A miniature rod and reel was procured in his favorite colour purple and I'd made him a bright red and white float to resemble the character from his  popular 'Where's Wally' books to keep afterwards as a momento. Providing of course, it wasn't left in some far reaching tree to amuse other anglers spotting it!
Added to the mix was a bright blue chair which would provide me with another opportunistic free dig about his Dad's myopic obsession with camouflage  gear.
I mean come on, camouflaged bite alarms, really?

Where's Wally? Can you find him?

I packed the boot with his rod and reel, a chair and filled his little bait tub with maggots the day before. I expressed that he shouldn't be told he was going in case of the unexpected which could lead to tears and bitter disappointment. And his of course!

I picked him up in the morning about eight as usual and when he was buckled up in his seat he asked what we were doing today. I told him if he'd been good then I would take him fishing and if he caught a fish then he would get an ice lolly as a reward. I never had my camera in my hand but his expression is best relayed by the late Terry Scott...although, perhaps not quite so camp.

Did he just say Ice lolly?
I thought that an hour or two might be enough to amuse his interest and to keep him from becoming bored. Time enough for a taster and to leave with him still wanting more. It would be ample time for me to teach him the basics of baiting a swim, casting, and playing a fish. To practice the study of keeping quiet, listening and watching for birds, point out things to learn the name of would be teachings for another day. Today this was just about him, I wanted it to be about making sure above all else he has fun. And point out the dangers as well of course, like not getting too close to the water and the prophesy of an angler being the first to touch the sharp hook before the fish ever does.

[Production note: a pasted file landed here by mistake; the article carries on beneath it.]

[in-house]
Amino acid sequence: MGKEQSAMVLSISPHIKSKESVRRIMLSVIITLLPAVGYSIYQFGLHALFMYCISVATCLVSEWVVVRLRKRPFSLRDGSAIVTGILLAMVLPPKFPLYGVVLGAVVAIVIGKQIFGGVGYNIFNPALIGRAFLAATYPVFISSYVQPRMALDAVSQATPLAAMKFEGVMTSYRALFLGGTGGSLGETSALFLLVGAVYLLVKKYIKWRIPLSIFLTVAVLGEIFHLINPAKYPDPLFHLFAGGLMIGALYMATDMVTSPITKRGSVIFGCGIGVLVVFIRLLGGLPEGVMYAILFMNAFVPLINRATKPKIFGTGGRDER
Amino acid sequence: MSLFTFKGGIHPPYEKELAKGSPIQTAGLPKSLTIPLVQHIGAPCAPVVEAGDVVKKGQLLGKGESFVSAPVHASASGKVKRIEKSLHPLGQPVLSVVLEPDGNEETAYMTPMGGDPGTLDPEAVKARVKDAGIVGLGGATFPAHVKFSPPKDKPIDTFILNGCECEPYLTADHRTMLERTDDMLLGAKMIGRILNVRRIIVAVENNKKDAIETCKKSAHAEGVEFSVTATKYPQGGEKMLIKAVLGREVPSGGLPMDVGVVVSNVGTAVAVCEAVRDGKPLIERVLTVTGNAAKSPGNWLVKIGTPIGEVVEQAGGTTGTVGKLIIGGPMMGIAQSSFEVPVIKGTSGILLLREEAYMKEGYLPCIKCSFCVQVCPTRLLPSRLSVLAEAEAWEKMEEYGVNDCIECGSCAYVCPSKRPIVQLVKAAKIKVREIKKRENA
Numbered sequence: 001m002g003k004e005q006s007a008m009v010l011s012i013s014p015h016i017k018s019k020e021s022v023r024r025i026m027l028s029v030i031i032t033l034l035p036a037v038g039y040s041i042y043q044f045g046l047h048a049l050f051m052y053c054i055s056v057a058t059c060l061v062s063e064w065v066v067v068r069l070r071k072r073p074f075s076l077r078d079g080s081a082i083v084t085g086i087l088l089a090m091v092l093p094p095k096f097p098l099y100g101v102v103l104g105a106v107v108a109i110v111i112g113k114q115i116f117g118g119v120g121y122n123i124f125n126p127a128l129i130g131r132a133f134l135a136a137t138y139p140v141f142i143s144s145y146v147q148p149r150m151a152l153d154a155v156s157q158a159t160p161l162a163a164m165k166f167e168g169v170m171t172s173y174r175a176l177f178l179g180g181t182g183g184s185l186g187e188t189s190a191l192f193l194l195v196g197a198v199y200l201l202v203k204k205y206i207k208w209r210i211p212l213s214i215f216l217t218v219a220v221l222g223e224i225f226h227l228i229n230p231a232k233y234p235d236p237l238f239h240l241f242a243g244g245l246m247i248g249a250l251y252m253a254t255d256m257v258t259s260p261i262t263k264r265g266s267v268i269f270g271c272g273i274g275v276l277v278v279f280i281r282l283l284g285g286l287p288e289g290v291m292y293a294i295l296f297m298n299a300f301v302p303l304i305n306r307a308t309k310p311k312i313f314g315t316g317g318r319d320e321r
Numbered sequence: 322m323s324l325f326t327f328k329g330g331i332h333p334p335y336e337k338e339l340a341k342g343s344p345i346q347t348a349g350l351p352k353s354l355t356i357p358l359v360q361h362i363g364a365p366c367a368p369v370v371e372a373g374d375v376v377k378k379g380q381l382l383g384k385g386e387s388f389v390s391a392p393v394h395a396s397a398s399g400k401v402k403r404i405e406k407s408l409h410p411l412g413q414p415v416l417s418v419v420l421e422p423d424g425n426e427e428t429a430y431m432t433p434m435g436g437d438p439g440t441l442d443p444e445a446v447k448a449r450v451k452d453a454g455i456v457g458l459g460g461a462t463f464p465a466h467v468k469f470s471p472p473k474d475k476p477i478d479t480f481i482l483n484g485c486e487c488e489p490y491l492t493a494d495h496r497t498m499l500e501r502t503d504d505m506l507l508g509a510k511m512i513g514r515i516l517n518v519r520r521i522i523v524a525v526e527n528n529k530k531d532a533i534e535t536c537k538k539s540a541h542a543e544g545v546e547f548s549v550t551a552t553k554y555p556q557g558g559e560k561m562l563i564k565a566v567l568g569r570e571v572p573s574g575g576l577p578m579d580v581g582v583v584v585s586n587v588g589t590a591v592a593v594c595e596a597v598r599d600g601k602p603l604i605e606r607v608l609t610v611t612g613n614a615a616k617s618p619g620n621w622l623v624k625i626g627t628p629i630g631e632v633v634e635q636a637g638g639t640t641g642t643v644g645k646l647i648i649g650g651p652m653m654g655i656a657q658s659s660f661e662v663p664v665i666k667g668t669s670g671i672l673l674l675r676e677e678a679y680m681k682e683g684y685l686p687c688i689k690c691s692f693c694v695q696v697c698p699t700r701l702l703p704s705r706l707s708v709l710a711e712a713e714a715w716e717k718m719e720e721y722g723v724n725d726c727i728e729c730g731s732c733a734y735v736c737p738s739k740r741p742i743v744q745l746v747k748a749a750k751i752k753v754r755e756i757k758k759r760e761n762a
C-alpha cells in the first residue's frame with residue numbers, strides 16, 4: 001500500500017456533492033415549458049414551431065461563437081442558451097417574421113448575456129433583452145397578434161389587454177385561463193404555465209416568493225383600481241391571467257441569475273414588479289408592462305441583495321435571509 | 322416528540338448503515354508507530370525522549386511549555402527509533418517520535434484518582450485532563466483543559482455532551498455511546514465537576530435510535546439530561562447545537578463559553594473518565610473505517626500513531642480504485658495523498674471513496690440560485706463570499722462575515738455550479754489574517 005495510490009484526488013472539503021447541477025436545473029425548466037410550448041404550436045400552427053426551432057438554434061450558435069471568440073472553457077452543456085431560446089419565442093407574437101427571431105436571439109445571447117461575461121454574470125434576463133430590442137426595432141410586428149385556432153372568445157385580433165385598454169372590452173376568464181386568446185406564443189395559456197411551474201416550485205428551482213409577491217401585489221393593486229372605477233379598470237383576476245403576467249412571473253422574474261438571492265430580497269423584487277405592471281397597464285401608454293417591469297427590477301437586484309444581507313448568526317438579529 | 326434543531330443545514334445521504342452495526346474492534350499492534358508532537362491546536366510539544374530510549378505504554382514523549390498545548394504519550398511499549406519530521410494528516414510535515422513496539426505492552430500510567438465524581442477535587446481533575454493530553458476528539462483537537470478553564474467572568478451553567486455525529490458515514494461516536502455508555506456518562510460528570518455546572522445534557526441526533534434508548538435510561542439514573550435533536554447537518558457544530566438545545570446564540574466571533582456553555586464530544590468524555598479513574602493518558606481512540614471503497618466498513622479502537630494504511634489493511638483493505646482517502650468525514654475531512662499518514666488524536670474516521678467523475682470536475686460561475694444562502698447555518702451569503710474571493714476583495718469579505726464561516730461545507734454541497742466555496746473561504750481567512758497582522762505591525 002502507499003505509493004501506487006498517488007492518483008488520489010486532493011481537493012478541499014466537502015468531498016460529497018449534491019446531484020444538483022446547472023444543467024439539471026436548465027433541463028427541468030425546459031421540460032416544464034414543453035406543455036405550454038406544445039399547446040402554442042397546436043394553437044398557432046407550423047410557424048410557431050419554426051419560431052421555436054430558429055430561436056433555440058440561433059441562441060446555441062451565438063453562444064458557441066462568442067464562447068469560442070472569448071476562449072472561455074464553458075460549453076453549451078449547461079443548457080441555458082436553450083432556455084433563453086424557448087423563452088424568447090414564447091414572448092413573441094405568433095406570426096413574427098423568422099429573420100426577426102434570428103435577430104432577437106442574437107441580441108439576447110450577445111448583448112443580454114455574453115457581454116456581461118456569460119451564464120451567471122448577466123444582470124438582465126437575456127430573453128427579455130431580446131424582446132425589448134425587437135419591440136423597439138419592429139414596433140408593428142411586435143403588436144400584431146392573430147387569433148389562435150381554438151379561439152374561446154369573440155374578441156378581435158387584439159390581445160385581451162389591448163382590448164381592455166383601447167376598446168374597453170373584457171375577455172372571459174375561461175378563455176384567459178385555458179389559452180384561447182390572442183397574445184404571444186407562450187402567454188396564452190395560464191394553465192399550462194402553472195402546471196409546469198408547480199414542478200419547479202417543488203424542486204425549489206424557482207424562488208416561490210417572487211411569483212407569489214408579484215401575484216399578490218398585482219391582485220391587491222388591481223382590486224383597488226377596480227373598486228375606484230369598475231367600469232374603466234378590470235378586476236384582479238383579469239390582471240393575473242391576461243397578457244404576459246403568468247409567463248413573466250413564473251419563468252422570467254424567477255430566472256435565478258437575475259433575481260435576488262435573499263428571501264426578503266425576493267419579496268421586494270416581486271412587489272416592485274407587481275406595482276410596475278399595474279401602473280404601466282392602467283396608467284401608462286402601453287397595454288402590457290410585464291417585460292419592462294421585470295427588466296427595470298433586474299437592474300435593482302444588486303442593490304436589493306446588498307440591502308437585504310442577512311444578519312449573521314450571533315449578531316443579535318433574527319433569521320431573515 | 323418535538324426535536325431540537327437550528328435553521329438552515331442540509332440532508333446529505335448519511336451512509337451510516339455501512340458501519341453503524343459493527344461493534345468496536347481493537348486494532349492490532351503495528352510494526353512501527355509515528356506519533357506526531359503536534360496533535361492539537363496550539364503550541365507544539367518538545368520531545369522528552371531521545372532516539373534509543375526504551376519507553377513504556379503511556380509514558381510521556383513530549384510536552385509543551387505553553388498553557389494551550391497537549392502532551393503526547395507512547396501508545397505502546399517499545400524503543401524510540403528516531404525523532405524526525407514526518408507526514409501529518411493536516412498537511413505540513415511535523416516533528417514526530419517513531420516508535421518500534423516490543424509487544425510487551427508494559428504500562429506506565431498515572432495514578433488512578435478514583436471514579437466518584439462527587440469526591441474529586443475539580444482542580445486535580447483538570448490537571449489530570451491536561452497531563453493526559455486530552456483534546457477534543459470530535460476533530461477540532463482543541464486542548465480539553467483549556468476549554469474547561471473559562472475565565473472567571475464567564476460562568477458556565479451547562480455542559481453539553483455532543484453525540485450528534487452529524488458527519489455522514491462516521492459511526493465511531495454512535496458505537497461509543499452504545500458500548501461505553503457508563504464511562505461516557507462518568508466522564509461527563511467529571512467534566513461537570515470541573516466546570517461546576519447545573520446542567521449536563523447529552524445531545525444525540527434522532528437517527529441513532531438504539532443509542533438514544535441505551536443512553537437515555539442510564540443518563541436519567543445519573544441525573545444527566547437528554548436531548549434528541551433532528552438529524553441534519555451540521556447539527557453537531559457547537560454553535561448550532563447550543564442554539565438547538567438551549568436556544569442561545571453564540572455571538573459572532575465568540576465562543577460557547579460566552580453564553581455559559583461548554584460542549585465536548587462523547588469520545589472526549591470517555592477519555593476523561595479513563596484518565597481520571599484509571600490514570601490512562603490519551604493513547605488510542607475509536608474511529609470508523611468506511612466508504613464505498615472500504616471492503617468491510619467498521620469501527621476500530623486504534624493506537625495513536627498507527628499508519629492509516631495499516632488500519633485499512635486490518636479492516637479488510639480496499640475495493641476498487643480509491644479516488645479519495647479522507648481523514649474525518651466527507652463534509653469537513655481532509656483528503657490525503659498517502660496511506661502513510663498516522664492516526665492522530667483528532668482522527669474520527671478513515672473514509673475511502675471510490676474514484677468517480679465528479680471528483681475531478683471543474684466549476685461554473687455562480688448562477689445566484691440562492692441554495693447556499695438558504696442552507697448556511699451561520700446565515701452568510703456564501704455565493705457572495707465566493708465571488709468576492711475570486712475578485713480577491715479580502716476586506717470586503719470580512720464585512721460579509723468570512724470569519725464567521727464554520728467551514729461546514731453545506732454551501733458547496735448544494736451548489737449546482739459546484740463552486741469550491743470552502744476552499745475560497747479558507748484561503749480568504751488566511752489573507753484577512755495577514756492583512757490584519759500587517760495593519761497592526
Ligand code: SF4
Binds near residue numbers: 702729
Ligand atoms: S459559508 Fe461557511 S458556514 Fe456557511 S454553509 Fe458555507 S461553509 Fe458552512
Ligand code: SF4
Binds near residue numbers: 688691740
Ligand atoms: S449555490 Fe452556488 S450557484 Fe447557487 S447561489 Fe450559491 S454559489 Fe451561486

When we parked on the track beside the lake I spotted a few carp idling in the shallows and pointed them out to Alex. The visions of those dark shapes mesmerized him and I hope they will stay with him in his dreams.

I set up in a small bay where small roach hide from predators and mixed a hand full of ground bait for Alex to introduce to the swim. He didn't mind being introduced to maggots and held one in the palm of his hand while it wriggled. I carefully mounted two on his hook and he was relieved to see they were still wriggling. A gentle flick plopped the float beneath the trees and I handed the rod over to Alex.

Where's Wally now?
I have to say that the concentration on his face focusing on the float was like looking at a seasoned angler who had being doing it for years. It really was a picture that will stay with me for a long  time. Another image that fortunately was caught on camera was him feeling that first fish tugging back at him.

Don't they hang on!

And so it was that history was written and memories were made. Ten perfect little roach were returned to fight another day. Words are not needed to describe the elation on the little anglers face so I'll let the pictures do the talking.

On calling time to a close I said we'd best go and see what his Nanny had been up to in our absence. He asked if I thought she might be making him a cake bless him. 'Out of the mouths of babes' eh?, a boy after my own heart. Which incidentally, unless you haven't already gathered, he already has.